Bad news is good news, and good news is bad news

William Rutherford, The Daily Record Newswire

The markets in October had their biggest monthly gain since October 2011. Over the course of the month the Dow Jones rose 8.5 percent and the S&P rose 8.3 percent. Both turned positive for the year during the month. The S&P had a final closing price of 2,079.36 on the last trading day in October. The Stoxx Europe 600 climbed 8 percent and the Nikkei jumped nearly 10 percent.

For the quarter overall, however, equities plummeted. The U.S. was down 6.9 percent – nine out of 10 U.S economic sectors finished in the red, with energy the worst. All developed markets finished in the red, with the Pacific, except Japan, down the most at minus 16 percent.

Now, large U.S. companies warn of a slowing economy. The industrial environment is in a recession, according to Daniel Florness, chief financial officer of Fastenal Co. Transportation companies are generally thought to be a leading indicator of the economy, and the “… data is not good,” said Alex Vecchio, a transportation analyst at Morgan Stanley.

Profits and revenues fell in tandem for the first time in six years, with a third of S&P 500 companies reporting so far. Analysts expect the S&P index’s companies to book a 2.8 percent decline per share earnings from last year’s third quarter, according to Thomson Reuters. Much of the decline comes from the hard-hit energy sector, where sales are likely to plummet more than 65 percent. Basic material companies expect a 17 percent drop in profits, according to Thomson Reuters. The government reported a 1.2 percent drop in manufactured durable goods following the prior month’s 3 percent decline.

At some companies, foreign currency effects hurt results significantly. Consumer products maker Kimberly-Clark predicted that currency swings would slash their earnings 25 percent this year. The dollar continued strong against foreign currencies and can be expected to trade higher if the Federal Reserve raises interest rates. Goldman Sachs predicts that the dollar and euro will trade at parity before the year ends. Parity between the two has not happened since 2002.

While lower oil prices have hurt some sectors, autos have noticeably been helped, with companies like Ford and Toyota announcing big profit increases. Auto sales have been very strong across the board, running at 18 million per year. Airlines have benefited from lower fuel prices since fuel is the largest operating expense for airlines.

Some observers worry that the slowdown is spreading to consumer stocks. Walmart reported weak earnings and predicted flat sales this year. It also cut its earnings forecast for the year because of rising labor expenses resulting from minimum wage increases. Consumer confidence fell in October to 97.6 from 102.8, a disappointing drop.

The markets have been buoyed in spite of weak economies largely because of central bank support. Around the globe central banks have been underpinning their economies with low rates, and except for the U.S., have weakened their currencies to increase exports. The result of this is the dichotomy of weakening economies with strong financial markets. Bad news is good news (lower interest rates), and good news is bad news (lower equity prices).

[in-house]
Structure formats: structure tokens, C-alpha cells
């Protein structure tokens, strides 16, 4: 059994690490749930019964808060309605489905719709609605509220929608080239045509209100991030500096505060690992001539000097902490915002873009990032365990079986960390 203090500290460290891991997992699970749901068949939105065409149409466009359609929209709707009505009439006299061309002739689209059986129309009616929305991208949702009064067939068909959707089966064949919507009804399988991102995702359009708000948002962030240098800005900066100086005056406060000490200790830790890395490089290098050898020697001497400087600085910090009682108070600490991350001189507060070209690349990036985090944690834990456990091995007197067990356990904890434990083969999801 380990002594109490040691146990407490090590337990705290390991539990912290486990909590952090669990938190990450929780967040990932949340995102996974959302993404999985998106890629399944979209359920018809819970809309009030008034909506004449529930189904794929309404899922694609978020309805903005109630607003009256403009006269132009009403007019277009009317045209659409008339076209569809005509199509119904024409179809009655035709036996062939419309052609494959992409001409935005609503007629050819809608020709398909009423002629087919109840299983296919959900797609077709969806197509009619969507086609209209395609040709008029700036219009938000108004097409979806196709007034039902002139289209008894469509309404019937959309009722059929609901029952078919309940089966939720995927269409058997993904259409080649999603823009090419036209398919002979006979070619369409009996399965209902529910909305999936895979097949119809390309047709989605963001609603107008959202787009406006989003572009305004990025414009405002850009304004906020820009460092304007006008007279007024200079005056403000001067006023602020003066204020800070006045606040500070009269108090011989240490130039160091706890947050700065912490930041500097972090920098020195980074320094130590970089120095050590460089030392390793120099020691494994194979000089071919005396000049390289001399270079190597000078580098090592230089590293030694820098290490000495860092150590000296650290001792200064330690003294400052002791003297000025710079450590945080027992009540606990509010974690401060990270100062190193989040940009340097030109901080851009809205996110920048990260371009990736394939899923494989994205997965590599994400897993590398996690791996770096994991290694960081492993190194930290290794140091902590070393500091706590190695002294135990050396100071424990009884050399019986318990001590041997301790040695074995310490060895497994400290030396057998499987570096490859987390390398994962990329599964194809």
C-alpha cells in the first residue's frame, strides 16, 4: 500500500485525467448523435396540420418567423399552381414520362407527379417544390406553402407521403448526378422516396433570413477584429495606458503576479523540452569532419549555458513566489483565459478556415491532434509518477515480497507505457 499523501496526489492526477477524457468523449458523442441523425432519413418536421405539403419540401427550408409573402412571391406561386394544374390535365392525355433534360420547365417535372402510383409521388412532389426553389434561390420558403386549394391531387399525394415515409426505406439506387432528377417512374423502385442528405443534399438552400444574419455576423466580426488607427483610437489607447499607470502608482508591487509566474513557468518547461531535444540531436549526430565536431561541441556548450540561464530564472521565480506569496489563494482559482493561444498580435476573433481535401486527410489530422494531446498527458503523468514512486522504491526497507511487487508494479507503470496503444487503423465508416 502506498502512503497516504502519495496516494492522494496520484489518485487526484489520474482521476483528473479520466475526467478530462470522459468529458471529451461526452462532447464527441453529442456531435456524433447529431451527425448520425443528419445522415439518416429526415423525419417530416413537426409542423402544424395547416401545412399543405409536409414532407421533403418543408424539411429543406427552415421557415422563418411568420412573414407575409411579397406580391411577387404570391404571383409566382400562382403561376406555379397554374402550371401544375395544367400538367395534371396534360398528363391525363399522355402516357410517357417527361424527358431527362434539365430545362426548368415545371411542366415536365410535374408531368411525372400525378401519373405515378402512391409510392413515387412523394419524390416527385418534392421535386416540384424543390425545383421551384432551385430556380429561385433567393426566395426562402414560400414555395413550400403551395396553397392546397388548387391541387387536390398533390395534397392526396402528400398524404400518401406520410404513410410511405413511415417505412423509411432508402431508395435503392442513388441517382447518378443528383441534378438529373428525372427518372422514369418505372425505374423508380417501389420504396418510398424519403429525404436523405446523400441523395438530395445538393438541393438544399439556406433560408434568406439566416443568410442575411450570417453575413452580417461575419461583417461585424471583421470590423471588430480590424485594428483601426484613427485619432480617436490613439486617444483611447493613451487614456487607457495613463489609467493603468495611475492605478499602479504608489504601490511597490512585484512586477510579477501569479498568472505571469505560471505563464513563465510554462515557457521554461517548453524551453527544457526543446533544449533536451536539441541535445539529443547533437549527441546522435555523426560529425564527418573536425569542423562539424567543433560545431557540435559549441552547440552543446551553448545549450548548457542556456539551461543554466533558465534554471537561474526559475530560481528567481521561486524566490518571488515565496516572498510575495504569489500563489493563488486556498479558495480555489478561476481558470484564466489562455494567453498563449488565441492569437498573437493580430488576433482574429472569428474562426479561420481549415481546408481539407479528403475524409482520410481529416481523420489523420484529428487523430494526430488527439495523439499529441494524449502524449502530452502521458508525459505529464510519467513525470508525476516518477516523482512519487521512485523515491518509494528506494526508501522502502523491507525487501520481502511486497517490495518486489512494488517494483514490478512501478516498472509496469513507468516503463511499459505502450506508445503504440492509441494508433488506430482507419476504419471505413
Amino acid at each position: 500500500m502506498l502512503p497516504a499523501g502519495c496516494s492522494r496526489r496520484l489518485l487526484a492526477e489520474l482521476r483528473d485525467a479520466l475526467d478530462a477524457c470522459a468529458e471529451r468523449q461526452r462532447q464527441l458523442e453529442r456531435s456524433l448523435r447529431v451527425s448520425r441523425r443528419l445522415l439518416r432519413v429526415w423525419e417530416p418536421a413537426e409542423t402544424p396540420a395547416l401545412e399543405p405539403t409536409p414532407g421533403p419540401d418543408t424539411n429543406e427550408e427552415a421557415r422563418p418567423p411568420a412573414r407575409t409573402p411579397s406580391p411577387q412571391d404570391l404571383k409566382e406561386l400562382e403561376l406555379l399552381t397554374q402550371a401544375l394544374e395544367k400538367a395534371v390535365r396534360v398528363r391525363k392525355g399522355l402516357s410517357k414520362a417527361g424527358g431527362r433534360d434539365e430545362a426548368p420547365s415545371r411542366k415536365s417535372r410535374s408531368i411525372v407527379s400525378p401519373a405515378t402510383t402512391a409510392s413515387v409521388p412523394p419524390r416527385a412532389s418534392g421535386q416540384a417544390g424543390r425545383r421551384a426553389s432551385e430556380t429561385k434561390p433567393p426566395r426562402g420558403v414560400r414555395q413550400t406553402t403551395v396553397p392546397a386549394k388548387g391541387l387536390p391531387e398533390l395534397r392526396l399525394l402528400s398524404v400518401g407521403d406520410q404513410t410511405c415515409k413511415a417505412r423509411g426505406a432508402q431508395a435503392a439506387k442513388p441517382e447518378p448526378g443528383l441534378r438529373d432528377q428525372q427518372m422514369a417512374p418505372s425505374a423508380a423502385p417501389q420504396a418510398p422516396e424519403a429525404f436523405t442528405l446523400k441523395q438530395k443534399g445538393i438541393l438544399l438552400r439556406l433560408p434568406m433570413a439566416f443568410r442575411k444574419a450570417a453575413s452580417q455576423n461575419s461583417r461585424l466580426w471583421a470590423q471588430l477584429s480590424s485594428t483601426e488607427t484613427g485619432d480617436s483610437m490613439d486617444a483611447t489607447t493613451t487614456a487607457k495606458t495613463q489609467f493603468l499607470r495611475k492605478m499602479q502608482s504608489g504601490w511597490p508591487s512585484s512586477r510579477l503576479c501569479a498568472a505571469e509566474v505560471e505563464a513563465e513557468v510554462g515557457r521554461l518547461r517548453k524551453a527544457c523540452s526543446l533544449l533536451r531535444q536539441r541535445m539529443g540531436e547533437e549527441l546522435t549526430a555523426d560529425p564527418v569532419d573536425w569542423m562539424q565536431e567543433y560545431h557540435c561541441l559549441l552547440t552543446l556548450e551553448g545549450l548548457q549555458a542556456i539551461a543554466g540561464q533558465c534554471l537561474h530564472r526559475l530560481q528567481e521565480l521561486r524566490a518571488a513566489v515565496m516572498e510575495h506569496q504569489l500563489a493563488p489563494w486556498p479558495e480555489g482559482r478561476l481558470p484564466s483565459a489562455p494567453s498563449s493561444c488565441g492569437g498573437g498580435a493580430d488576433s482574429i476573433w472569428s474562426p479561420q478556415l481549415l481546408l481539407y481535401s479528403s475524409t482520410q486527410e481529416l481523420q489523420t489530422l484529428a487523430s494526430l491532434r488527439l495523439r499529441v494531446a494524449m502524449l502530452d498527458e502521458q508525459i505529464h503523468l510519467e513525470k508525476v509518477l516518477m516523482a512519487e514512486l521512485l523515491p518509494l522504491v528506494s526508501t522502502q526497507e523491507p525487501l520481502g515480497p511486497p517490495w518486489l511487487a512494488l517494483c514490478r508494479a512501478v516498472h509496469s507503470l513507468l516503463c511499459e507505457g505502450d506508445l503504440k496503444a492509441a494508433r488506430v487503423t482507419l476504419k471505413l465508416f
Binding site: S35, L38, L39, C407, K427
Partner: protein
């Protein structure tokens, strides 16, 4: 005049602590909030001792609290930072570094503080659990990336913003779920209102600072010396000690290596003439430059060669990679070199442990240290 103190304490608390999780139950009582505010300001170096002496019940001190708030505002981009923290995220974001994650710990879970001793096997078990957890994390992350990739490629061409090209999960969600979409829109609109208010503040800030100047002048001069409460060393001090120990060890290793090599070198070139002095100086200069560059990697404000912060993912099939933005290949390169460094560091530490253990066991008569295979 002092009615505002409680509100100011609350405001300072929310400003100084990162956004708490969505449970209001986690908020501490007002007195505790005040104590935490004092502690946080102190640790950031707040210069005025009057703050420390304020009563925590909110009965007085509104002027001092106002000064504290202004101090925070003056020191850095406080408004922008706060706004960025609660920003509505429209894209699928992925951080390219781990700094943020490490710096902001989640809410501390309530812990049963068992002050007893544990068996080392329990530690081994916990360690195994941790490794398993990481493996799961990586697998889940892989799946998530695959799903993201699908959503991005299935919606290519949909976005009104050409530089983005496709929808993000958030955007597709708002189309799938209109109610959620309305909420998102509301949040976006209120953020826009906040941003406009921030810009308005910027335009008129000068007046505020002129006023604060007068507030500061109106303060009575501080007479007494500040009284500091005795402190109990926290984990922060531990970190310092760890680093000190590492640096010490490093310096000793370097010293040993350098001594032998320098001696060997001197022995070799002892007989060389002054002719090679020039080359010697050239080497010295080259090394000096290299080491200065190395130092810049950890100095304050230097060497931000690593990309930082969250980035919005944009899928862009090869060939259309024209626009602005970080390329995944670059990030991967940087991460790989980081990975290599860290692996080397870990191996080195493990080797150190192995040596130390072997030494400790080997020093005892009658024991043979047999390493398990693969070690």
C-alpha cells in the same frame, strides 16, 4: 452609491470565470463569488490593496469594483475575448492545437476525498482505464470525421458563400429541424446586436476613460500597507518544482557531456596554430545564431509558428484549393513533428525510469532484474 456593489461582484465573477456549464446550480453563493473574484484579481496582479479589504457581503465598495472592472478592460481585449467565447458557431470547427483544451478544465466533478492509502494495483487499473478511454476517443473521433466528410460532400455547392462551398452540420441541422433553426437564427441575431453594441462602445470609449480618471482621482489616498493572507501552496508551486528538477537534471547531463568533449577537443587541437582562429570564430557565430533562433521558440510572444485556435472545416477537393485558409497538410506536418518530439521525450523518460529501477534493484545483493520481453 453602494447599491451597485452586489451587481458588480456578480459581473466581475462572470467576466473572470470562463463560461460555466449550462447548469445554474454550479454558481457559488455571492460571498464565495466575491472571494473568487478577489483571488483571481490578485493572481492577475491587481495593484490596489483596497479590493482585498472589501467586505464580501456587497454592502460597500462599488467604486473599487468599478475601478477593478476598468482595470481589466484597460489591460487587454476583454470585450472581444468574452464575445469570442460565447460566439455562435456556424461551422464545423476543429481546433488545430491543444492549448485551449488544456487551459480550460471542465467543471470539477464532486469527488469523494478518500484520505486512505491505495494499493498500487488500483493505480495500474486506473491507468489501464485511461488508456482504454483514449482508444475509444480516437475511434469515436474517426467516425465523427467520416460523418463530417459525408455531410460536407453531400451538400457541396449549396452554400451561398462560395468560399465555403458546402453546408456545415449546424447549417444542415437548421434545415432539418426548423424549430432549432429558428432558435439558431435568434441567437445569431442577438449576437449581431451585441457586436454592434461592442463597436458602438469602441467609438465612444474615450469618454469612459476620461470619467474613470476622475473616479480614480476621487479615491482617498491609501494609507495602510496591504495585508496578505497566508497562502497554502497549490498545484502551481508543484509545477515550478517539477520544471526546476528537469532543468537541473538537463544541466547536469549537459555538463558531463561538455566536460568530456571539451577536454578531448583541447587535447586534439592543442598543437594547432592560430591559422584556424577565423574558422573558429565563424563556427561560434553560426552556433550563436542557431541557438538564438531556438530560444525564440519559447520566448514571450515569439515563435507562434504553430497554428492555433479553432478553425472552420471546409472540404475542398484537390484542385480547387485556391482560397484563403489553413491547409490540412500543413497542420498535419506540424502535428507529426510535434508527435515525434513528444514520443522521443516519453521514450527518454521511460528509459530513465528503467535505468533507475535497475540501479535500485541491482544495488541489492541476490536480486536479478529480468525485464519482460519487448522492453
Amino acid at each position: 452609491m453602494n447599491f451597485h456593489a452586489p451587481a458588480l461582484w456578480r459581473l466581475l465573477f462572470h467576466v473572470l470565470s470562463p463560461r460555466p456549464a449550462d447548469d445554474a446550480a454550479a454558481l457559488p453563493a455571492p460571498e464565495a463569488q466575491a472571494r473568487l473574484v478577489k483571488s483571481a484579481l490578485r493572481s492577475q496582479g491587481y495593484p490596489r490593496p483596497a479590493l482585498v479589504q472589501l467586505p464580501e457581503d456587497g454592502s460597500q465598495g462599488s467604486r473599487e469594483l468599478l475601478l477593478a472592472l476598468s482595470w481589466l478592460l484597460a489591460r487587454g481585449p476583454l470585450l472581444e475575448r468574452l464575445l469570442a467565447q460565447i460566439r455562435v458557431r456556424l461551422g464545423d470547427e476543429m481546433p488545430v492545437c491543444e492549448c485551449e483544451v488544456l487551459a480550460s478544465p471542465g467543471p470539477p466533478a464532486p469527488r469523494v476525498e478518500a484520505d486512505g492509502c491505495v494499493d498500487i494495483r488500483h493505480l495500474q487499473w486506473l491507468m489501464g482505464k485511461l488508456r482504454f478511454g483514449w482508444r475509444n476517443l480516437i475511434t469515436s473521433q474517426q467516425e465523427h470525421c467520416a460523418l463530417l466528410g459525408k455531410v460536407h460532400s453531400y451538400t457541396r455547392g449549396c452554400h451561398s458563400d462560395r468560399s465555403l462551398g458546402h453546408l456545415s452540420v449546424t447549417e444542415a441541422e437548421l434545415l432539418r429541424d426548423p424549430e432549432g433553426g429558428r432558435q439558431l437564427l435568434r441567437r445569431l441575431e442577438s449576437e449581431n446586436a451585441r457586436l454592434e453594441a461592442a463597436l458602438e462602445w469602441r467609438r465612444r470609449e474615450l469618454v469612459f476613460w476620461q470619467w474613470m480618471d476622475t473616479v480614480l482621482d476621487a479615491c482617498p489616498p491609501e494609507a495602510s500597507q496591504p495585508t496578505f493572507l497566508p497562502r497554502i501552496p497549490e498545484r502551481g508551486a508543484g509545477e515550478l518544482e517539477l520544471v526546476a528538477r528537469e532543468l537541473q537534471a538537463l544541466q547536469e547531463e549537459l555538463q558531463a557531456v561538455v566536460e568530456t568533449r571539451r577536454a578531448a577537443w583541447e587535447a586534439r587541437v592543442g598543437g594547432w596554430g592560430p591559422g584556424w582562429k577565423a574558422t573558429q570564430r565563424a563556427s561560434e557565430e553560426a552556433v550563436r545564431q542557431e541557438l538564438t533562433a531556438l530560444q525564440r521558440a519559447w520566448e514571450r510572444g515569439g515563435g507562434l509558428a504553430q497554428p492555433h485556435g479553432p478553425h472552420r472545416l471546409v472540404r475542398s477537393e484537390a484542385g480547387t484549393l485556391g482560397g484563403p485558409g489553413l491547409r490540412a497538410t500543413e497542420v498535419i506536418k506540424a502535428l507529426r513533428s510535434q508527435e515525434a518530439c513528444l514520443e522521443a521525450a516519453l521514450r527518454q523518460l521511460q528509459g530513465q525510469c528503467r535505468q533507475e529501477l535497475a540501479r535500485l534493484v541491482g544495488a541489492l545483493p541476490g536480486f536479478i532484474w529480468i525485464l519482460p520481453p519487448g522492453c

Now we are faced again with the question of whether the Fed will raise rates. At the recent October meeting, Chairwoman Janet Yellen emphatically placed the question of a rate increase on the December agenda. During congressional testimony Nov. 4 she again emphasized a rate increase, but said no decision had been made. Clearly she wants to raise rates, but so far has not had the right set of circumstances.

In September we had a weakening Chinese economy, or so we thought, and a strengthening dollar. A majority of economists now think the Fed will raise rates at the next meeting, but they have been saying that for months.

Futures markets, the most reliable indicator, say no increase, by a narrow margin. It did not help the Fed case for a rate increase that China reported week economic data just as the new month began. But the jobs report released Nov. 6 buoyed the case for a rate increase. This dithering to and fro has confused the markets and is not good for the Fed’s credibility.

Nevertheless, I now think the Fed will raise rates at its December meeting – barring some major negative event. This week the Bank of England deferred a rate rise, citing the slowing global economy. Can the Fed raise rates in a slowing economy? Should it? Yellen says the Fed is data-driven, but it’s clearly following the Treasury market. None of this uncertainty is good for the economy or markets.

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William Rutherford is the founder and portfolio manager of Portland-based Rutherford Investment Management. Contact him at 888-755-6546 or wrutherford@rutherfordinvestment.com. Information herein is from sources believed to be reliable, but accuracy and completeness cannot be guaranteed. Investment involves risk and may result in losses.

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